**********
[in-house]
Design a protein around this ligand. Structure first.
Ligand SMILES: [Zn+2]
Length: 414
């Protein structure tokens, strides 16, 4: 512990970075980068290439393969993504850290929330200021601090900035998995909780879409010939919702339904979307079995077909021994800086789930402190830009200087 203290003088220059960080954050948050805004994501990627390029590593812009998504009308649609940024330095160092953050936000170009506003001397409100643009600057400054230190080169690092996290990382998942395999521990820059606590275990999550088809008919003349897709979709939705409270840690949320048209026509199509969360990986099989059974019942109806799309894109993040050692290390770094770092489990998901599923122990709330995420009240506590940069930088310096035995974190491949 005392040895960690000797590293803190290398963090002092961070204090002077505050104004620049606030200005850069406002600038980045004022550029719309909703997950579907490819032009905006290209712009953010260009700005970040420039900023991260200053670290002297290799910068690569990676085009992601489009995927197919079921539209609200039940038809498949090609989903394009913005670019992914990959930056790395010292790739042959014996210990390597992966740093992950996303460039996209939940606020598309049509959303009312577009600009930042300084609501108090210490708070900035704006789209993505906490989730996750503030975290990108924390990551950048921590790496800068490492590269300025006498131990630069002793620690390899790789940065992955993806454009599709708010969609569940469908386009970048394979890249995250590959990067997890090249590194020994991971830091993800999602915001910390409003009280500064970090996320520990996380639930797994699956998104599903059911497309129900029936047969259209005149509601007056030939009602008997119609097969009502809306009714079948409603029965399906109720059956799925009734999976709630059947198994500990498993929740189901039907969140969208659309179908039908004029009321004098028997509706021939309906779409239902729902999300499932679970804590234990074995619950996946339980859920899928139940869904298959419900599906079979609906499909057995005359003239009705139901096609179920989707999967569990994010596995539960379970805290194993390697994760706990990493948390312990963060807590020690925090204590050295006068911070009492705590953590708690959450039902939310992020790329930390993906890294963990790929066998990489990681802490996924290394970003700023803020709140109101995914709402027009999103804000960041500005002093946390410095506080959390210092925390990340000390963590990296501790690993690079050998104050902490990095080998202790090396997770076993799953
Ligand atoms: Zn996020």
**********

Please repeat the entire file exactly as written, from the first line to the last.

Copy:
[in-house]
Design a protein around this ligand. Structure first.
Ligand SMILES: [Zn+2]
Length: 414
């Protein structure tokens, strides 16, 4: 512990970075980068290439393969993504850290929330200021601090900035998995909780879409010939919702339904979307079995077909021994800086789930402190830009200087 203290003088220059960080954050948050805004994501990627390029590593812009998504009308649609940024330095160092953050936000170009506003001397409100643009600057400054230190080169690092996290990382998942395999521990820059606590275990999550088809008919003349897709979709939705409270840690949320048209026509199509969360990986099989059974019942109806799309894109993040050692290390770094770092489990998901599923122990709330995420009240506590940069930088310096035995974190491949 005392040895960690000797590293803190290398963090002092961070204090002077505050104004620049606030200005850069406002600038980045004022550029719309909703997950579907490819032009905006290209712009953010260009700005970040420039900023991260200053670290002297290799910068690569990676085009992601489009995927197919079921539209609200039940038809498949090609989903394009913005670019992914990959930056790395010292790739042959014996210990390597992966740093992950996303460039996209939940606020598309049509959303009312577009600009930042300084609501108090210490708070900035704006789209993505906490989730996750503030975290990108924390990551950048921590790496800068490492590269300025006498131990630069002793620690390899790789940065992955993806454009599709708010969609569940469908386009970048394979890249995250590959990067997890090249590194020994991971830091993800999602915001910390409003009280500064970090996320520990996380639930797994699956998104599903059911497309129900029936047969259209005149509601007056030939009602008997119609097969009502809306009714079948409603029965399906109720059956799925009734999976709630059947198994500990498993929740189901039907969140969208659309179908039908004029009321004098028997509706021939309906779409239902729902999300499932679970804590234990074995619950996946339980859920899928139940869904298959419900599906079979609906499909057995005359003239009705139901096609179920989707999967569990994010596995539960379970805290194993390697994760706990990493948390312990963060807590020690925090204590050295006068911070009492705590953590708690959450039902939310992020790329930390993906890294963990790929066998990489990681802490996924290394970003700023803020709140109101995914709402027009999103804000960041500005002093946390410095506080959390210092925390990340000390963590990296501790690993690079050998104050902490990095080998202790090396997770076993799953
Ligand atoms: Zn996020």